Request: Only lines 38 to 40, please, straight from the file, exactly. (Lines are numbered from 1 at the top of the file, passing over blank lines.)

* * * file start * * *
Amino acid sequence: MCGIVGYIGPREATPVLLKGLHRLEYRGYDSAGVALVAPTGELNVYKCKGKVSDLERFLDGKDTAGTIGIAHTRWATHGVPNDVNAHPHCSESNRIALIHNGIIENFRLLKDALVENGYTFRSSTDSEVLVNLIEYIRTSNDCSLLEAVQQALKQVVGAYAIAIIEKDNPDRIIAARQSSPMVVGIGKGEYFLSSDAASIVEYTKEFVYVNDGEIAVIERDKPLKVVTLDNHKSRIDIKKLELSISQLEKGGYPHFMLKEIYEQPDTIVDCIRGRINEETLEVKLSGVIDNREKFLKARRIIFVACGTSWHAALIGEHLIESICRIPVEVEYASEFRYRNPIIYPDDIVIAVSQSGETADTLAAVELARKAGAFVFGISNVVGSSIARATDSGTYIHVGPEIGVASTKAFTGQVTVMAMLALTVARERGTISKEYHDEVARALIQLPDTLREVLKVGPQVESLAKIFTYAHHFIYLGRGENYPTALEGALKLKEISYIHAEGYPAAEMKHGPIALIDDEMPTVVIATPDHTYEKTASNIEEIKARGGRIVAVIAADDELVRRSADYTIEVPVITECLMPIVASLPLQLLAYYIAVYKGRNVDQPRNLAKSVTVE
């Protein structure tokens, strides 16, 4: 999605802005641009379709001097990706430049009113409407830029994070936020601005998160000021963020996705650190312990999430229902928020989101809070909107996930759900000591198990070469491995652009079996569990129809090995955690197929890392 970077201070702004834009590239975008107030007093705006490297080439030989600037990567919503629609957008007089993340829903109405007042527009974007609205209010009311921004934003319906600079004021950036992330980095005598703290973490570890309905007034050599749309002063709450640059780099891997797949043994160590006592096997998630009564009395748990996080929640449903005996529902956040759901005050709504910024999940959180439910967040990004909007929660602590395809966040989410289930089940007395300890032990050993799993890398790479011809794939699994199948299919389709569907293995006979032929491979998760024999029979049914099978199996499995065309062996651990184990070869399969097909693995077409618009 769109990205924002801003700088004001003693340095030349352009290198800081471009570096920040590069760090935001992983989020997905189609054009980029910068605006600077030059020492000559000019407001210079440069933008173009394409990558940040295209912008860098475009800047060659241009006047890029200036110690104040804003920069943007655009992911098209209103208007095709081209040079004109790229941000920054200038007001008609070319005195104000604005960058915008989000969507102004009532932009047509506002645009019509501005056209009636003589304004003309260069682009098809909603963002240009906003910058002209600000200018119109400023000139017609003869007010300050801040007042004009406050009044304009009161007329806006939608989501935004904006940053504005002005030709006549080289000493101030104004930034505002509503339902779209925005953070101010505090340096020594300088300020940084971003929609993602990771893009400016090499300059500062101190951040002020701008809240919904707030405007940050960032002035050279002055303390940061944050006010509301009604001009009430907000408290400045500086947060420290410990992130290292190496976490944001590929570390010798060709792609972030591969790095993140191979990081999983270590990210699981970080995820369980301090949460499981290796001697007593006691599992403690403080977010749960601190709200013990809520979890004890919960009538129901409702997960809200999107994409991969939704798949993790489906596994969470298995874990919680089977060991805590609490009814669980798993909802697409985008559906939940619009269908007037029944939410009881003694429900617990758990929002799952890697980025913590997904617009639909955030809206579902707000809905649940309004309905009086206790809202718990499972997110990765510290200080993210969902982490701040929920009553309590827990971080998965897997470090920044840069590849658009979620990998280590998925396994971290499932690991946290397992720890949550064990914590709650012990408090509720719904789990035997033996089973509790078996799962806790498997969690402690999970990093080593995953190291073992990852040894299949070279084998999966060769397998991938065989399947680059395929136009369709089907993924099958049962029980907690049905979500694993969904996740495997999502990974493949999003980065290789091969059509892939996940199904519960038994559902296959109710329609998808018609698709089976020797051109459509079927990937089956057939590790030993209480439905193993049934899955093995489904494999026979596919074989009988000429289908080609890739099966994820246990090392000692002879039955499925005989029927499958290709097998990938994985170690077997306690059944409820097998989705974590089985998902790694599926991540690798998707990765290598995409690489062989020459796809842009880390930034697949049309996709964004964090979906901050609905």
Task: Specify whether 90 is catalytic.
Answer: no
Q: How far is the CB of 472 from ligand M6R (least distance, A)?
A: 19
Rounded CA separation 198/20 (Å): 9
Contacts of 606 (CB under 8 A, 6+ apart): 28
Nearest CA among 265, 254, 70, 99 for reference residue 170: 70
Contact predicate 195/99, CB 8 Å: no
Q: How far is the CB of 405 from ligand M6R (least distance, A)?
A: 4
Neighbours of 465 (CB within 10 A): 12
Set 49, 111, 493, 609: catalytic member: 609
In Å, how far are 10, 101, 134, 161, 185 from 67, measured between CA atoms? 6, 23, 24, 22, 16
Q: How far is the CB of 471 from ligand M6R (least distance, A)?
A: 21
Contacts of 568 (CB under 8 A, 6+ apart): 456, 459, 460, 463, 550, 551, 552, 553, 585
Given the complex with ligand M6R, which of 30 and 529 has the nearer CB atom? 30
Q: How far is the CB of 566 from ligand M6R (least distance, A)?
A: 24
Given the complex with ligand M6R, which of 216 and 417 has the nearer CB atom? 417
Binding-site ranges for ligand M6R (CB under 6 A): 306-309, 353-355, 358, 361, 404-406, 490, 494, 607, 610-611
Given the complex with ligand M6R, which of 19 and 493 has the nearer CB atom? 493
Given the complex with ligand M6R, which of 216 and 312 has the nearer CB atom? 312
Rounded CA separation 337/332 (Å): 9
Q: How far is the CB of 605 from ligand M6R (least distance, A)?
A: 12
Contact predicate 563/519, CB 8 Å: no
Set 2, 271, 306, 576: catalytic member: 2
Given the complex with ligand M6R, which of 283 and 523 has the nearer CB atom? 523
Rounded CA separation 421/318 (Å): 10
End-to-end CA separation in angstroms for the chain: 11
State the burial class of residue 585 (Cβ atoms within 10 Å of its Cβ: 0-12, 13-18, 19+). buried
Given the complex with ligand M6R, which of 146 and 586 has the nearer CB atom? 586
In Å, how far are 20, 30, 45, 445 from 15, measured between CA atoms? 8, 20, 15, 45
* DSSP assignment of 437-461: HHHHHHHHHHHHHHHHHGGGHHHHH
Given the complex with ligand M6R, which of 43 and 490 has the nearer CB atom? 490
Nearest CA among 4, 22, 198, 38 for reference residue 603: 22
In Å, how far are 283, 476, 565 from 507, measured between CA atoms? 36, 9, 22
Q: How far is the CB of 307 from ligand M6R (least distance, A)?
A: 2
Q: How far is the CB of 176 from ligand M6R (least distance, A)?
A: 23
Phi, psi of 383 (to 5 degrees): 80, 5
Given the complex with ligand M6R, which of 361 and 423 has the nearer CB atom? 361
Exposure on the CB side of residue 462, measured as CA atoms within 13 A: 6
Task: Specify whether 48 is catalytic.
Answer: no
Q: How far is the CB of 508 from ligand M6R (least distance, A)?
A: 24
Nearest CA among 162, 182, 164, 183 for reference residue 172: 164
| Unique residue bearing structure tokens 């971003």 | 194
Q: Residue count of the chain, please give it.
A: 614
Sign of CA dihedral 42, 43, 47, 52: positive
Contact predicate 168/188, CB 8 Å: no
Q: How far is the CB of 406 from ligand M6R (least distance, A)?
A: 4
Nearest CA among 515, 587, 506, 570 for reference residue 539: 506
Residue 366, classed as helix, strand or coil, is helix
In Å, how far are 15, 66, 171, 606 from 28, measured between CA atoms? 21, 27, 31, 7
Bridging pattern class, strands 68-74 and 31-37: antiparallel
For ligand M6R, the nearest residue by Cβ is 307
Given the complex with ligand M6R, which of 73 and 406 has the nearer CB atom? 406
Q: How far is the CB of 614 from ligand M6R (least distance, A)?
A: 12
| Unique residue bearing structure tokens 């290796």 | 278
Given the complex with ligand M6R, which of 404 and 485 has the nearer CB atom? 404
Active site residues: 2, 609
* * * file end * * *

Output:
Given the complex with ligand M6R, which of 43 and 490 has the nearer CB atom? 490
Nearest CA among 4, 22, 198, 38 for reference residue 603: 22
In Å, how far are 283, 476, 565 from 507, measured between CA atoms? 36, 9, 22